How To: Craft Action-Inducing CTA's
Compelling CTA's are a game-changer for your pages.
Digital marketing is not immune to business specific jargon. From an outsider's perspective, it appears to thrive on it. This makes breaking into the marketing world somewhat daunting. If you're reading the right articles, you'll see certain terms pop up again and again. This is because they are vital to understanding and working in digital marketing. One of these essential terms is the CTA. In this article we'll explain what it is, why it's important, and how to make it as efficient as possible.
What is the Call-To-Action?
The CTA or 'Call-To-Action' is one of the most important terms in digital marketing. What it means is simple: the CTA is what you want your audience to do. It's the goal of your website's page. For instance, it's the Sign Up button at the end of an introduction. It's the hyperlink directing readers to the next page. It's the contact sheet on your About Page. The CTA is a clear instruction designed to prompt immediate action on the part of your audience.
This simple idea of 'every page has a goal and an ask of the audience' might seem straightforward. Yet, 70% of Small Businesses B2B lack a Call-To-Action. If you allow this to happen, you're not decreasing the efficiency of your webpage. You're making your webpage pointless.
All roads lead to the CTA
To craft an action-inducing CTA you're going to need to use persuasion. Regardless of business or website, how persuasive your CTA always depends on three different elements:
Getting these three elements right can make or break your Call-To-Action. If even one of the above is sub par, your audience won't convert. Here's how to make sure each element strengthens your CTA.
What you can offer your audience depends completely on the kind of website you're running and what you're aiming to achieve with your CTA. But the things that draw an audience in stays consistent. Everyone is looking for the Three Free’s: Obligation free. Hassle-free. Free of charge.
Adhering to these three terms will help you construct an attractive CTA.
'Obligation free' means you never make a user feel like they need to put any effort into this beyond the CTA. You won't hold them to anything, you won't make them agree to anything, and you won't make them regret clicking.
'Hassle-free' means you're going to make this as painless and possible. Make clicking (or interacting with) the CTA the sole action for the user to do before they start reaping the benefits.
'Free of charge' means the benefits you're bestowing unto the user for clicking your CTA. Think free trials, product discounts, free sign ups to your newsletter, and everything in between. Whet their appetite with something good and you've got yourself a conversion.
The copywriting on most CTAs are clear and to the point. But don't dive head first into the Call-To-Action without optimizing the rest of the page. If you do, your audience might not even make it to your CTA in the first place. Make sure you nail the headline to hook your initial audience. Give your copy an even flow towards the CTA with a description of the benefits for your audience. The copy of the CTA itself should be compelling enough for the user to give it a click. We know you want the user to click on the CTA, but you need the user to want to click the CTA. Don't beat around the bush.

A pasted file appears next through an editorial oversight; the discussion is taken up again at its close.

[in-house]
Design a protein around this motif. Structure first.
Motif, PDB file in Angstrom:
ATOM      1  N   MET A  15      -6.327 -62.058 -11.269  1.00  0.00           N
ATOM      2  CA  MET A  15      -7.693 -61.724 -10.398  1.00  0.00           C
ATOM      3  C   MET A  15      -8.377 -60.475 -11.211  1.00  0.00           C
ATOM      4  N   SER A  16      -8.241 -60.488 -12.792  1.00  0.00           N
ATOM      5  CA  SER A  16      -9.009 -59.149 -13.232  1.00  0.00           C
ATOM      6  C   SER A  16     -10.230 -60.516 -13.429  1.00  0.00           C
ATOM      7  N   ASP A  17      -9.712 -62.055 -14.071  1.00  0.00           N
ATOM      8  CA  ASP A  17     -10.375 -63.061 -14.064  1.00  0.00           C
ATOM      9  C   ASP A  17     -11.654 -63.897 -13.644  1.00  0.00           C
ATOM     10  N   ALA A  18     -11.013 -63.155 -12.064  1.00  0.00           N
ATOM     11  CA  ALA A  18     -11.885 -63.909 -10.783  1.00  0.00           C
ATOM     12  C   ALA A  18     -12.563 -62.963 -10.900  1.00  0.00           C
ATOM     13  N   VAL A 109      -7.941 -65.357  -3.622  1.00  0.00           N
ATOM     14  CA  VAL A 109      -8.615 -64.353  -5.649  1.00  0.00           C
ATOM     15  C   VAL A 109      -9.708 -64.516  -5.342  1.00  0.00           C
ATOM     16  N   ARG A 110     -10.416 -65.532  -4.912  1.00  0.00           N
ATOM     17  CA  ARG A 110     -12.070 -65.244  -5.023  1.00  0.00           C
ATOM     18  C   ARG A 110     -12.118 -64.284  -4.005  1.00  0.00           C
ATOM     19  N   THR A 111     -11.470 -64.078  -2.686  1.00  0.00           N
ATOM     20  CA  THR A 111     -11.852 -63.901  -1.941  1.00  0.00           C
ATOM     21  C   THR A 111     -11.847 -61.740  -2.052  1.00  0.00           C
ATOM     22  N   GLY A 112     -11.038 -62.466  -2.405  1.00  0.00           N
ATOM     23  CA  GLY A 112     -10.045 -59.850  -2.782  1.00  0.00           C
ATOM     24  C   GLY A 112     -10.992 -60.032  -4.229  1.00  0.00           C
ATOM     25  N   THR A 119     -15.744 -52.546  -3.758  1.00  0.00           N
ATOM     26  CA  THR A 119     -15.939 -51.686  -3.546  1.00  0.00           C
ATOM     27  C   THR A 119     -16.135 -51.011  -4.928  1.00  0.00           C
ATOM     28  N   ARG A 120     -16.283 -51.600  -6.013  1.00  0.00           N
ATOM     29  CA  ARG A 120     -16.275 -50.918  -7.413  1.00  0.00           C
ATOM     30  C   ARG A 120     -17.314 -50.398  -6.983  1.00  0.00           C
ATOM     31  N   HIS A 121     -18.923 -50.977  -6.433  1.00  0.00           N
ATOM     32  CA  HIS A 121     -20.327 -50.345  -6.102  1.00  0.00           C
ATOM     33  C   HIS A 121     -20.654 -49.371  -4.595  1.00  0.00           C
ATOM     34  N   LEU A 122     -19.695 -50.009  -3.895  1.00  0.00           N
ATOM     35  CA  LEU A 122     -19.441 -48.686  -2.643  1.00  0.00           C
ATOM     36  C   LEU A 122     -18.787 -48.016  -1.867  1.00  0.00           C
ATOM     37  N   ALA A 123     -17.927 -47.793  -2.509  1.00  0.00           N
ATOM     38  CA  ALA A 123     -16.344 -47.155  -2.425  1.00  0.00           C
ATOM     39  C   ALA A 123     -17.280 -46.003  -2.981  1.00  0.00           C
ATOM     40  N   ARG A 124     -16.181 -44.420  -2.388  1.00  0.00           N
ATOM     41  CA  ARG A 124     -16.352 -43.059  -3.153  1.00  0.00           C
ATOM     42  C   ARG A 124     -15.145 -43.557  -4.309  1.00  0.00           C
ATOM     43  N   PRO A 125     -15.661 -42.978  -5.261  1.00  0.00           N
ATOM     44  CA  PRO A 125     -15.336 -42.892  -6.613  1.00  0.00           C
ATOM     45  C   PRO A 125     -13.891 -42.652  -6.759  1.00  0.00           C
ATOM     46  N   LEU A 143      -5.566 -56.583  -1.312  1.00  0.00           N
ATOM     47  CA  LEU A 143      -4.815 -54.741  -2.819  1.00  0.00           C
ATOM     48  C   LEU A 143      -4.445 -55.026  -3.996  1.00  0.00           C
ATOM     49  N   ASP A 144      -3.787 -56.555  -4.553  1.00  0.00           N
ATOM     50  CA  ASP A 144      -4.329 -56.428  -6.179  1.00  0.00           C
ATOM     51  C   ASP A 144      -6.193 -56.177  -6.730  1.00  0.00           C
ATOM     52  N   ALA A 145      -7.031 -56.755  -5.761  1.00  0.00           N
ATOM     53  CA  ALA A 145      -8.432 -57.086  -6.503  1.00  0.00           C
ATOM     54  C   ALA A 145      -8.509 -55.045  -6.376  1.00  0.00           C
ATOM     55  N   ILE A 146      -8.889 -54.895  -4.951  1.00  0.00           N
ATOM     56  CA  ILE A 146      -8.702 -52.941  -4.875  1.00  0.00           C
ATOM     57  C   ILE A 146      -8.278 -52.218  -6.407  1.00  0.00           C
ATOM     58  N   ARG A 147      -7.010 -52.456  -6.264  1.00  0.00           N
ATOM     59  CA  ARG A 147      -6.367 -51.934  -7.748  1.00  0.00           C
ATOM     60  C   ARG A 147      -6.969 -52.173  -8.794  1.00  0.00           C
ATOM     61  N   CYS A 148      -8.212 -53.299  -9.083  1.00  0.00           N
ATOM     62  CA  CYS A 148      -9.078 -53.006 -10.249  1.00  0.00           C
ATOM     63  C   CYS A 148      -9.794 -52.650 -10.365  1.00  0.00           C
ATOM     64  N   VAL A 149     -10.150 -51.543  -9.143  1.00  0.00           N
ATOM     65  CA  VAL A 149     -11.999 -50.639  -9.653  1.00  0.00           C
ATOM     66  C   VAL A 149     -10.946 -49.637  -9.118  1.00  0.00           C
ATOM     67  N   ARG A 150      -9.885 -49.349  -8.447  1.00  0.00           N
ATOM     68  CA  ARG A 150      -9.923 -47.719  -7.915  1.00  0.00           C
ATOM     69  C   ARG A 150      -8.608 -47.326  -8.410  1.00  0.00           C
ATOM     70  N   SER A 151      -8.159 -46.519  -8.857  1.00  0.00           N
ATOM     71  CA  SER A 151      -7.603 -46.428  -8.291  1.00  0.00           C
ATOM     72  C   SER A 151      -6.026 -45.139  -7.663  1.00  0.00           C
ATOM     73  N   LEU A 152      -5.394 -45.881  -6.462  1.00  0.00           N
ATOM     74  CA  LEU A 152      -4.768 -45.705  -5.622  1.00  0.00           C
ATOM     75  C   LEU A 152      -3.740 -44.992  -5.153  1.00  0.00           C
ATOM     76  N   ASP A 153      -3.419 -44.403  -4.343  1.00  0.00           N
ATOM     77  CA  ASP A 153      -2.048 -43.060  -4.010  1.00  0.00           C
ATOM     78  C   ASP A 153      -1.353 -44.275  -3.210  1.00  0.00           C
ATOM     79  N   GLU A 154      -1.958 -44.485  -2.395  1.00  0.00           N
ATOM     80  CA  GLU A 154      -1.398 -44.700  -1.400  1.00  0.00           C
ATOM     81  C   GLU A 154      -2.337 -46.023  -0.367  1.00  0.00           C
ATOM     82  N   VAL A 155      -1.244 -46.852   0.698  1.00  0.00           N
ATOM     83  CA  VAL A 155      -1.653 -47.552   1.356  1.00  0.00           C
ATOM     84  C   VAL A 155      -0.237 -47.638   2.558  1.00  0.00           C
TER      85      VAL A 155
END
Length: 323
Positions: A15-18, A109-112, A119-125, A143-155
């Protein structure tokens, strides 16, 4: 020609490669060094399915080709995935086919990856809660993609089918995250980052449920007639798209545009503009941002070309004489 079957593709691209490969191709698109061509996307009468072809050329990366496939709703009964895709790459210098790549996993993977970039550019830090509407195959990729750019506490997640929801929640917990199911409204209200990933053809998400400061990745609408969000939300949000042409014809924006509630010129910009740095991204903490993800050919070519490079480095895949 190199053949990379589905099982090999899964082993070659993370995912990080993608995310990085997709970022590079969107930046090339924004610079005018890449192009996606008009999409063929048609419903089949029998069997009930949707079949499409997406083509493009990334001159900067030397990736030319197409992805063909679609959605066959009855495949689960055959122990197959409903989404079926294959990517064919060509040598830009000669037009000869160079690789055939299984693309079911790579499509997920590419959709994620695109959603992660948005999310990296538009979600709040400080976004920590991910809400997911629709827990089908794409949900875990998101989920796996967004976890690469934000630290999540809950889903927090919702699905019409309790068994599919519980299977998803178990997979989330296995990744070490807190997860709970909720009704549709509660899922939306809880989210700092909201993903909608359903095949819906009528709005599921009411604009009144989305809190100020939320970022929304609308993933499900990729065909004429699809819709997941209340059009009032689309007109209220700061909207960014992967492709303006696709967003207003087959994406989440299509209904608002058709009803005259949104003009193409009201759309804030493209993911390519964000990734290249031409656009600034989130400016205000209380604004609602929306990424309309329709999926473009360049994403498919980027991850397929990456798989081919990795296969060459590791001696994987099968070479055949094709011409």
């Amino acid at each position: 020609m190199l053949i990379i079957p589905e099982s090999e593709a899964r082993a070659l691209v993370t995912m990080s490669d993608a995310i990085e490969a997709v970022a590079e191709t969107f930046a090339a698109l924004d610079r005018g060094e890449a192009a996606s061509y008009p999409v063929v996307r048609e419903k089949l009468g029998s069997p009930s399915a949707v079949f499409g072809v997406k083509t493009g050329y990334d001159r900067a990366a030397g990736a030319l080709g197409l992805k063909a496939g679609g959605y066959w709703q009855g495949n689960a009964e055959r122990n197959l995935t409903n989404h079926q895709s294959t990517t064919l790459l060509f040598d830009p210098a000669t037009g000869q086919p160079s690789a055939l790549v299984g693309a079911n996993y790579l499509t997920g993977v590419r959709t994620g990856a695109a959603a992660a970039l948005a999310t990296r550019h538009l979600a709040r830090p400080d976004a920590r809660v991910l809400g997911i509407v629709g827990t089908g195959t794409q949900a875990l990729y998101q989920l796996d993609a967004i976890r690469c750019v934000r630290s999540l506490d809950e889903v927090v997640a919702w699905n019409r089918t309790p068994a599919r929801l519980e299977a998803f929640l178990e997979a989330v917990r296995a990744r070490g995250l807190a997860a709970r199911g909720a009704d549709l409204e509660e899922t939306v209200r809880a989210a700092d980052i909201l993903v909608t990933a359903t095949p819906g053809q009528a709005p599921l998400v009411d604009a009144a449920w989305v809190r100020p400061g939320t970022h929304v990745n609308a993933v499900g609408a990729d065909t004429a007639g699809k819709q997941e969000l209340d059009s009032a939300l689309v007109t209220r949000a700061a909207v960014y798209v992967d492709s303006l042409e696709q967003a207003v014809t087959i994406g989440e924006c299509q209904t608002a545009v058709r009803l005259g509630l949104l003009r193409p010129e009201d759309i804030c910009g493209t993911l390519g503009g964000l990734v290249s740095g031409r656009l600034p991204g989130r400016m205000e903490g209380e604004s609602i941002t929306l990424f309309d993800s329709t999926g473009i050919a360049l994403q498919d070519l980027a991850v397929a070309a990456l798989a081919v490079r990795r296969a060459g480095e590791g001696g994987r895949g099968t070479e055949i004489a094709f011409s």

Avoid jargon on your CTA copy. Be clear about what makes it beneficial to your audience. '50% Off' and 'Download Now' are concise descriptions of what the CTA will gain the user. But a button that says 'Submit' or 'Buy Now' is less so. In the case of the classic 'Buy Now' button, it might even deter users altogether. You want the user's process to be painless and brainless. The words 'Buy Now' will create friction by making people think about losing money. They might hesitate. Word choices like these are important, so keep that in mind with every word you write. Focus on the benefits and use action-oriented language to make your audience feel in charge when clicking your CTA.
Your CTA needs to be the siren call of your webpage. The more you can make it stand out, the higher the prospect of people clicking it becomes.
Most of the time your CTA will be a button. You can, and should, use color theory to make your button stand out on the page. You want it to contrast with the other colors around it to make it visually appealing. However, you don't want those colors to clash and become unpleasant to look at.
You're going to want your button to be big. How big? This case study documents a website's conversion rate increasing by 51% after they dramatically changed their button size. This same tactic might not work for your particular web page, but it does point to a common lesson. Make your CTA stand out. Keep its surroundings clutter free so it doesn't compete with incidental buttons or hyperlinks on the page.
Of course, your CTA isn't always a button. Sometimes it's an image, which requires a different approach. Text is always read from left to right, but images have their own organic path that your audience's eyes will follow. Take advantage of that by determining the strength of your image. Does the image point your eyes towards somewhere specific? Are the colors contrasting with your background? Does the image look clickable? These are all determinations you need to make if you want to use an image as your CTA.
The Takeaway: Call-To-Action's are one of the many bits of psychology a good digital marketer has to master. By knowing your website and your audience, you can put the right message in front of the right people at the right time. This is the way to get a consistent conversion on your website. If you're still having trouble, research and analyze your audience and their needs. Fine tune the copy and design of your website. And, of course, A/B test the shit out of everything.